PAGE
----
While he’s not on par with, say, local heroes Terry Bradshaw or Mario Lemieux, James Kirwa is becoming something of a legend in the Steel City. Yesterday, May 5, the Kenyan runner won the 2013 Dick’s Sporting Goods Pittsburgh Marathon, breaking the tape for the second year in a row with an unofficial time of 2:13:37.
It wasn’t a course record, but Kirwa did reach the Boulevard of the Allies—the finish line of the 26.2-mile course—slightly faster than he did last year, when he clocked in with 2:14:09.
"This year, I knew the course, so I was like, 'Okay, let me do it,'" Kirwa told the Pittsburgh Post-Gazette, explaining how he became the race’s first back-to-back winner since 2009, when the event returned after a brief hiatus.
Rounding out the top three were Kirwa’s fellow Kenyans Stephen Njoroge and Jonathan Kibet, who came in at 2:14:10 and 2:17:29, respectively.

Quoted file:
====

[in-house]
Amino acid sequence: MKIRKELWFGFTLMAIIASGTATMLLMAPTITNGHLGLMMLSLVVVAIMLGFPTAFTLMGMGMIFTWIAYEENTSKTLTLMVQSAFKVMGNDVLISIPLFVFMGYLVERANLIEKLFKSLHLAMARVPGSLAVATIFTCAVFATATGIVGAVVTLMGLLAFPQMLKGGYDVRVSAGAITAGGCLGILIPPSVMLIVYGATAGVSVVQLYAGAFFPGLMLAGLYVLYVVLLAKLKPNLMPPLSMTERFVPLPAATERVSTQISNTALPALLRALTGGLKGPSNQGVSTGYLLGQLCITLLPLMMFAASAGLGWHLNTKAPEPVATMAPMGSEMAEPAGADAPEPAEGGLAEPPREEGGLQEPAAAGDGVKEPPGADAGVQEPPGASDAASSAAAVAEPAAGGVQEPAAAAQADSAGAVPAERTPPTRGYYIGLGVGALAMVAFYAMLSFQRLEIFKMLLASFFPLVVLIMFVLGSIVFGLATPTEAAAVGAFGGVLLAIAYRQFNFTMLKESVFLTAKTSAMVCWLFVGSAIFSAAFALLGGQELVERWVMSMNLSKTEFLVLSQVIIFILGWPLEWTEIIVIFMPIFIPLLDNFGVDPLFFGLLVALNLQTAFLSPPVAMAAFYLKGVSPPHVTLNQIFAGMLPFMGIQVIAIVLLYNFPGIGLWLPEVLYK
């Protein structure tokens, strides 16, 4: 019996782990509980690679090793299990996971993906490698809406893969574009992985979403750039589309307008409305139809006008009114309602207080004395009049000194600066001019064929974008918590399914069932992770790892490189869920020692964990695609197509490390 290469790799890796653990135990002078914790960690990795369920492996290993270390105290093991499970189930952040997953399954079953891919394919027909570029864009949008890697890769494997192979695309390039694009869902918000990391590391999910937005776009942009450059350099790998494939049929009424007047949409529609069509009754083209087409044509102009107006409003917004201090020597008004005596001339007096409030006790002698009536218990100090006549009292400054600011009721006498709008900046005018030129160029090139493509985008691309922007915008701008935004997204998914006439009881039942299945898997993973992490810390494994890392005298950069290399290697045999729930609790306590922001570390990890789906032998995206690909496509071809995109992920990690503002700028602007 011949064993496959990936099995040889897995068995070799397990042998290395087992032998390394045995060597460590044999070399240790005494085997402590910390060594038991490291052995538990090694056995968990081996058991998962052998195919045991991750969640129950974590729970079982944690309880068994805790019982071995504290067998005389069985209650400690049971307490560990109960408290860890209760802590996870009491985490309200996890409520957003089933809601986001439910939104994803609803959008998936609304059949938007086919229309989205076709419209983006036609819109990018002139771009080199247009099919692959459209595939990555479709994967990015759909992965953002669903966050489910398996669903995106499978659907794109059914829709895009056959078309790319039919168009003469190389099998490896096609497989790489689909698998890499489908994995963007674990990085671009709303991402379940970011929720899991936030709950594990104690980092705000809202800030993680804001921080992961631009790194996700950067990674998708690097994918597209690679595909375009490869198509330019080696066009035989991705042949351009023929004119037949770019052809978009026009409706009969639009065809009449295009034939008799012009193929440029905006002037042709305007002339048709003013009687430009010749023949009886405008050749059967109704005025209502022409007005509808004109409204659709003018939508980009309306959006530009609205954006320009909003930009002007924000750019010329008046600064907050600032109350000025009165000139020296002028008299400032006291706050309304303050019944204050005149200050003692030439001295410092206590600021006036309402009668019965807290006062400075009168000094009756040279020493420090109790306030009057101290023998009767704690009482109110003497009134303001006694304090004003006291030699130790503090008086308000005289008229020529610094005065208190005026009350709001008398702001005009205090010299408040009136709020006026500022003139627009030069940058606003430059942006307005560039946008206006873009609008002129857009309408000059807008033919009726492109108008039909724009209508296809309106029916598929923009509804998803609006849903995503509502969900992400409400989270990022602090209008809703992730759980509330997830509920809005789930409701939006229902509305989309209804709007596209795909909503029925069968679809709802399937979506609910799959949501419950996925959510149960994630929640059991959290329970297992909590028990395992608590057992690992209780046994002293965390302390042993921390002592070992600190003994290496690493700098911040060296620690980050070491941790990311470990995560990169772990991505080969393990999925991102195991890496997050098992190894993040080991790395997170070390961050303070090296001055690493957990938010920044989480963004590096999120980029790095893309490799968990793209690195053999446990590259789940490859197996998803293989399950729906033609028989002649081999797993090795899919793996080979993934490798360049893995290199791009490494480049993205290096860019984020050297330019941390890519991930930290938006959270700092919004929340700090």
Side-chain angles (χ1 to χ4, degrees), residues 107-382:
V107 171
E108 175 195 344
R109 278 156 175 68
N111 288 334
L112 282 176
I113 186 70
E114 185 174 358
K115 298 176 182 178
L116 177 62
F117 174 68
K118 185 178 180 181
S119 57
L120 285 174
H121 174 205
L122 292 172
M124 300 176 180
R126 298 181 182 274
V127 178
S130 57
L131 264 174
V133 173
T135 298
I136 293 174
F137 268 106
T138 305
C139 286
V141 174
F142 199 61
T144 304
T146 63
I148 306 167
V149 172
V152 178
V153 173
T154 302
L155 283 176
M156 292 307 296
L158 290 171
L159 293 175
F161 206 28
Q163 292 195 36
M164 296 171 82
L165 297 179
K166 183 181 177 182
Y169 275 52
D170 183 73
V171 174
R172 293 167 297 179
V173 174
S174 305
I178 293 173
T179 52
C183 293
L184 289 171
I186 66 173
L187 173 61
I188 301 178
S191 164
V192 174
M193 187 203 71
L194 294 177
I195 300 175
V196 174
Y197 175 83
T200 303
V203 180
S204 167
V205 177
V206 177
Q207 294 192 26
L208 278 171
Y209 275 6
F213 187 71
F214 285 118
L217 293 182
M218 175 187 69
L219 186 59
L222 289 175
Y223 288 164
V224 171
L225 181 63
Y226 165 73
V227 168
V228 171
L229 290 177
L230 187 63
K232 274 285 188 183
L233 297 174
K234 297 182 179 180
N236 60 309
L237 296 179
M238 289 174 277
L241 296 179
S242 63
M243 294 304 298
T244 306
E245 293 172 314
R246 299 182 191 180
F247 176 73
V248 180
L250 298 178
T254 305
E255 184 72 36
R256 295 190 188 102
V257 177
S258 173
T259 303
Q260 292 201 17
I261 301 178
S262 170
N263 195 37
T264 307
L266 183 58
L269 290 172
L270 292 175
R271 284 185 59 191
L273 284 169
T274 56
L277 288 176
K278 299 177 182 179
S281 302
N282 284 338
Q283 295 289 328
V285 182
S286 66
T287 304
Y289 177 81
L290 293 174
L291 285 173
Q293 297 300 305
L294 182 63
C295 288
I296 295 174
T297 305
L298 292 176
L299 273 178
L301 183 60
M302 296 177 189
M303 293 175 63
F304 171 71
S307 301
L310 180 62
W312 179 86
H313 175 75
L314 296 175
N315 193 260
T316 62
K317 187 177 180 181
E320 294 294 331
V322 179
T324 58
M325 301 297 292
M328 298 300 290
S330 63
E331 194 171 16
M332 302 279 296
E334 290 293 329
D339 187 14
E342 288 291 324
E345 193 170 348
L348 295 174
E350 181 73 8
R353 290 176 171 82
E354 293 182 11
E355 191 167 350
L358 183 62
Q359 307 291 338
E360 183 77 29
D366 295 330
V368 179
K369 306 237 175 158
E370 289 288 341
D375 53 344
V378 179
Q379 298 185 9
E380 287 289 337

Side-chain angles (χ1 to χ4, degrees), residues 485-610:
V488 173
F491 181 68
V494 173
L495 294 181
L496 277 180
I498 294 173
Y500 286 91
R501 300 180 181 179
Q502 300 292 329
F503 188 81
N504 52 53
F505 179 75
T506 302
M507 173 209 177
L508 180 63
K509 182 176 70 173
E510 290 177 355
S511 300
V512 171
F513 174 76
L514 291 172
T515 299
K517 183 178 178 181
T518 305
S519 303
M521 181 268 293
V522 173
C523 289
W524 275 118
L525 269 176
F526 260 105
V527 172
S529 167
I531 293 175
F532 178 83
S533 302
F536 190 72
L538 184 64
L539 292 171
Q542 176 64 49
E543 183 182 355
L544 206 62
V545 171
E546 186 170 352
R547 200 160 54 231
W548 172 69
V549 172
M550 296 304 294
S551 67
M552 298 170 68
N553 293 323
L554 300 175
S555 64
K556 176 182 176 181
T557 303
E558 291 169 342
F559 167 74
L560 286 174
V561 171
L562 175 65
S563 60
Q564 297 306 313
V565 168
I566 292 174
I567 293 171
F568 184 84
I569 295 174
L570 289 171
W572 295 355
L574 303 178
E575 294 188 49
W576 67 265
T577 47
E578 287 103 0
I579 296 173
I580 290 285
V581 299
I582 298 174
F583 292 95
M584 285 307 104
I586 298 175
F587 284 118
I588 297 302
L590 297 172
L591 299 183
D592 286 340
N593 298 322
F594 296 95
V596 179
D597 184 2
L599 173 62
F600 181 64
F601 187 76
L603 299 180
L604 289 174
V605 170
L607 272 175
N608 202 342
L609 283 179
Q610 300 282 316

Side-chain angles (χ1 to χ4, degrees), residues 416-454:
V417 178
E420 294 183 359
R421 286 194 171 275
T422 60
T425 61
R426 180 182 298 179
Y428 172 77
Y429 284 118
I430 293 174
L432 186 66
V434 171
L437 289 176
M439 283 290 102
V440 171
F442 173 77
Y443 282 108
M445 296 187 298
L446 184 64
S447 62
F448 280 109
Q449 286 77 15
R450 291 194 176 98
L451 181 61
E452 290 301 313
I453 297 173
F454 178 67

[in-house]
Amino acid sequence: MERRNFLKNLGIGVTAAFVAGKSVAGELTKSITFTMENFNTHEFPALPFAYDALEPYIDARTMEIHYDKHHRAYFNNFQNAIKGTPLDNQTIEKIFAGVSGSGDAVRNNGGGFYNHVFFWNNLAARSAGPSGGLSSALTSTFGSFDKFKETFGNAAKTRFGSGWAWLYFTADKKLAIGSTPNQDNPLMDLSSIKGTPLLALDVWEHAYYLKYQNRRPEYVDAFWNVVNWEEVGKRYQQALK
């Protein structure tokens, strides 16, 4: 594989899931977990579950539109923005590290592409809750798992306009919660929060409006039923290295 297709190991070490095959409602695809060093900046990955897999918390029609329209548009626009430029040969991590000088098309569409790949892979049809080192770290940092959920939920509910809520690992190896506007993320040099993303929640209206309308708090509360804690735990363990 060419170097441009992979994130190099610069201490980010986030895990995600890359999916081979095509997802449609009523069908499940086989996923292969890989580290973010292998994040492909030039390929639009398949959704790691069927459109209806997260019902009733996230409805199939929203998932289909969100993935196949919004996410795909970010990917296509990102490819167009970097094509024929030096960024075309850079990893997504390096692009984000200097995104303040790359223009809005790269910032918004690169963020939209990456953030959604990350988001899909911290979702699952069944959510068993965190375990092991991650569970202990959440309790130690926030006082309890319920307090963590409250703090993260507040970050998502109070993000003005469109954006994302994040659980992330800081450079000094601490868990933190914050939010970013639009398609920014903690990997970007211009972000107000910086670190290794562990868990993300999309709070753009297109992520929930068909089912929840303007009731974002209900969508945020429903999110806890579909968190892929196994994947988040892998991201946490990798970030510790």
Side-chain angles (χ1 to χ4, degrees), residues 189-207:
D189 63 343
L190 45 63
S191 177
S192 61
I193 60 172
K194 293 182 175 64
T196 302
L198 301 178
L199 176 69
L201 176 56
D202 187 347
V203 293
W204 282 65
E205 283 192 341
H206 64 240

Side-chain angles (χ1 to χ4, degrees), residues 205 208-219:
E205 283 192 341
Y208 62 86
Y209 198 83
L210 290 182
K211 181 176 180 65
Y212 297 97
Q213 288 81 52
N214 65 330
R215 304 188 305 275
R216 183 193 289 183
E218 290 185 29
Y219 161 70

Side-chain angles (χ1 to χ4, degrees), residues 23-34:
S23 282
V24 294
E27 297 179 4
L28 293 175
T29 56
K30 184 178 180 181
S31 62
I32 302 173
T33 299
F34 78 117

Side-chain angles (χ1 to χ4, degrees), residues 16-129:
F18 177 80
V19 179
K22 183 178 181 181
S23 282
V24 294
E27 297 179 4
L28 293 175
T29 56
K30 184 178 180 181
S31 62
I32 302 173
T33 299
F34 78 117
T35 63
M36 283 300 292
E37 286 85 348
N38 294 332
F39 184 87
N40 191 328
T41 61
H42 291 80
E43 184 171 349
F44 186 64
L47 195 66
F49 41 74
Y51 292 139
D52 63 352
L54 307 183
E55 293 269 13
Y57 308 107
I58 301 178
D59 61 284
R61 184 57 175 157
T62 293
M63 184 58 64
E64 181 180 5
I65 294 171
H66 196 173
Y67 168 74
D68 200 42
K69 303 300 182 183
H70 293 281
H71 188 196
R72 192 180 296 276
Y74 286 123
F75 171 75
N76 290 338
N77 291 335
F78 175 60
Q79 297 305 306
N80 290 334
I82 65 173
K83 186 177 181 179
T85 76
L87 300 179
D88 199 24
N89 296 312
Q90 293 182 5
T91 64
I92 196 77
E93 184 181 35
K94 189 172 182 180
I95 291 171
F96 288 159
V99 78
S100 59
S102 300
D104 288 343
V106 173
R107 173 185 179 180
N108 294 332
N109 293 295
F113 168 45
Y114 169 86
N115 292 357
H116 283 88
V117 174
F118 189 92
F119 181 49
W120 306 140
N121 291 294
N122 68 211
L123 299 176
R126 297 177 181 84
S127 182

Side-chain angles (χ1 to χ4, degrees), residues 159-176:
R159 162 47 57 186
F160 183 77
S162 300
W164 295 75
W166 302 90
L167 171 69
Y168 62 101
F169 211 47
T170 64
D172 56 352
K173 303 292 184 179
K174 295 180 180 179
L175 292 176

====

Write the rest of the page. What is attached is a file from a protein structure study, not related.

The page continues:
On the women’s side, Nigerian-born Mary Akor, who lives in California and is an American citizen, claimed the victory in an unofficial time of 2:37:35. She collapsed after the finish, but she’d recovered by the time of the awards presentation.
“I put a surge on [leader] Hirut [Guangul] at 23 miles on the downhill and never let up,” Akor said, according to the Post-Gazette. "I was determined to run hard and die at the end if need be.”
Guangul, of Ethiopia, finished second with an unofficial time of 2:38:05, and right behind her was her compatriot Yihunilish Bekele Dele, who crossed at 2:41:30.
Following these leaders were the rest of the 22,700 participants—the most ever in the Pittsburgh Marathon, the AP reports. The race kicked off at 7:00 a.m., and—especially heartening given the safety concerns following last month’s Boston Marathon bombings—police and race officials declared the event a success.
“Our races are to our sport what Wimbledon and the Australian, U.S., and French Opens are to tennis, and what the Masters, U.S., and British Opens and PGA Championship are to golf. Each race has the history, the tradition, the honor roll of legendary champions, and a special place in the eyes of all to make them stand apart from the other events.” Mary Wittenberg